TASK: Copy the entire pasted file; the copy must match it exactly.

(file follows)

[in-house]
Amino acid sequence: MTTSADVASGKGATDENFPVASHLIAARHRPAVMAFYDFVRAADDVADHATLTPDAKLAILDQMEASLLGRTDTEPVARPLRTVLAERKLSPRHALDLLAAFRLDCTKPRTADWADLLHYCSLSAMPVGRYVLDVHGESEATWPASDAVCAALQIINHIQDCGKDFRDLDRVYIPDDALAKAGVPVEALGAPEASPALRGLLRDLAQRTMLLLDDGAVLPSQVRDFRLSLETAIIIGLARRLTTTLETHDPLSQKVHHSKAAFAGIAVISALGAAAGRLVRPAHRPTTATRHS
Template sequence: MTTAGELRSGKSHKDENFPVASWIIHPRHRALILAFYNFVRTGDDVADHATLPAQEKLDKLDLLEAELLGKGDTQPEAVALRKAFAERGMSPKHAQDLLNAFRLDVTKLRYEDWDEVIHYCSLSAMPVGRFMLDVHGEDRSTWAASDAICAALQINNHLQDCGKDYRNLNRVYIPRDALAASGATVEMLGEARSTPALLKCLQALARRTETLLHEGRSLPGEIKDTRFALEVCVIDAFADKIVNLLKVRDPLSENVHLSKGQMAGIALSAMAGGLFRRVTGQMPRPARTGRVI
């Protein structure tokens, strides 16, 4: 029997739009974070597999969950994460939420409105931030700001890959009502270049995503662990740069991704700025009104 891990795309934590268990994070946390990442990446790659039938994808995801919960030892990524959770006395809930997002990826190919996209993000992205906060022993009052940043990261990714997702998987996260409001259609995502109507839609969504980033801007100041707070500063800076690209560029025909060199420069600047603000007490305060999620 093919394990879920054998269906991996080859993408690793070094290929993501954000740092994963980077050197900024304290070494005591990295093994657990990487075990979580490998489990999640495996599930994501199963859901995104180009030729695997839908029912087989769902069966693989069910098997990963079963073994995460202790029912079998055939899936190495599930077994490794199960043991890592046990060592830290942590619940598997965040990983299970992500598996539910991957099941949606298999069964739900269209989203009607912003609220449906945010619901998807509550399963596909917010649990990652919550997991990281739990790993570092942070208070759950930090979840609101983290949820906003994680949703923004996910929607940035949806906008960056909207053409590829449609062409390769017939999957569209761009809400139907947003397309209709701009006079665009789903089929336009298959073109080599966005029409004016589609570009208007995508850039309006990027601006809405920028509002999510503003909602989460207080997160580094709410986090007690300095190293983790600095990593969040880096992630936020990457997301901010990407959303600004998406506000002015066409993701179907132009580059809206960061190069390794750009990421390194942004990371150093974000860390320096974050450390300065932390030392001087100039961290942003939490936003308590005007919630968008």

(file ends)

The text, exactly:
[in-house]
Amino acid sequence: MTTSADVASGKGATDENFPVASHLIAARHRPAVMAFYDFVRAADDVADHATLTPDAKLAILDQMEASLLGRTDTEPVARPLRTVLAERKLSPRHALDLLAAFRLDCTKPRTADWADLLHYCSLSAMPVGRYVLDVHGESEATWPASDAVCAALQIINHIQDCGKDFRDLDRVYIPDDALAKAGVPVEALGAPEASPALRGLLRDLAQRTMLLLDDGAVLPSQVRDFRLSLETAIIIGLARRLTTTLETHDPLSQKVHHSKAAFAGIAVISALGAAAGRLVRPAHRPTTATRHS
Template sequence: MTTAGELRSGKSHKDENFPVASWIIHPRHRALILAFYNFVRTGDDVADHATLPAQEKLDKLDLLEAELLGKGDTQPEAVALRKAFAERGMSPKHAQDLLNAFRLDVTKLRYEDWDEVIHYCSLSAMPVGRFMLDVHGEDRSTWAASDAICAALQINNHLQDCGKDYRNLNRVYIPRDALAASGATVEMLGEARSTPALLKCLQALARRTETLLHEGRSLPGEIKDTRFALEVCVIDAFADKIVNLLKVRDPLSENVHLSKGQMAGIALSAMAGGLFRRVTGQMPRPARTGRVI
């Protein structure tokens, strides 16, 4: 029997739009974070597999969950994460939420409105931030700001890959009502270049995503662990740069991704700025009104 891990795309934590268990994070946390990442990446790659039938994808995801919960030892990524959770006395809930997002990826190919996209993000992205906060022993009052940043990261990714997702998987996260409001259609995502109507839609969504980033801007100041707070500063800076690209560029025909060199420069600047603000007490305060999620 093919394990879920054998269906991996080859993408690793070094290929993501954000740092994963980077050197900024304290070494005591990295093994657990990487075990979580490998489990999640495996599930994501199963859901995104180009030729695997839908029912087989769902069966693989069910098997990963079963073994995460202790029912079998055939899936190495599930077994490794199960043991890592046990060592830290942590619940598997965040990983299970992500598996539910991957099941949606298999069964739900269209989203009607912003609220449906945010619901998807509550399963596909917010649990990652919550997991990281739990790993570092942070208070759950930090979840609101983290949820906003994680949703923004996910929607940035949806906008960056909207053409590829449609062409390769017939999957569209761009809400139907947003397309209709701009006079665009789903089929336009298959073109080599966005029409004016589609570009208007995508850039309006990027601006809405920028509002999510503003909602989460207080997160580094709410986090007690300095190293983790600095990593969040880096992630936020990457997301901010990407959303600004998406506000002015066409993701179907132009580059809206960061190069390794750009990421390194942004990371150093974000860390320096974050450390300065932390030392001087100039961290942003939490936003308590005007919630968008």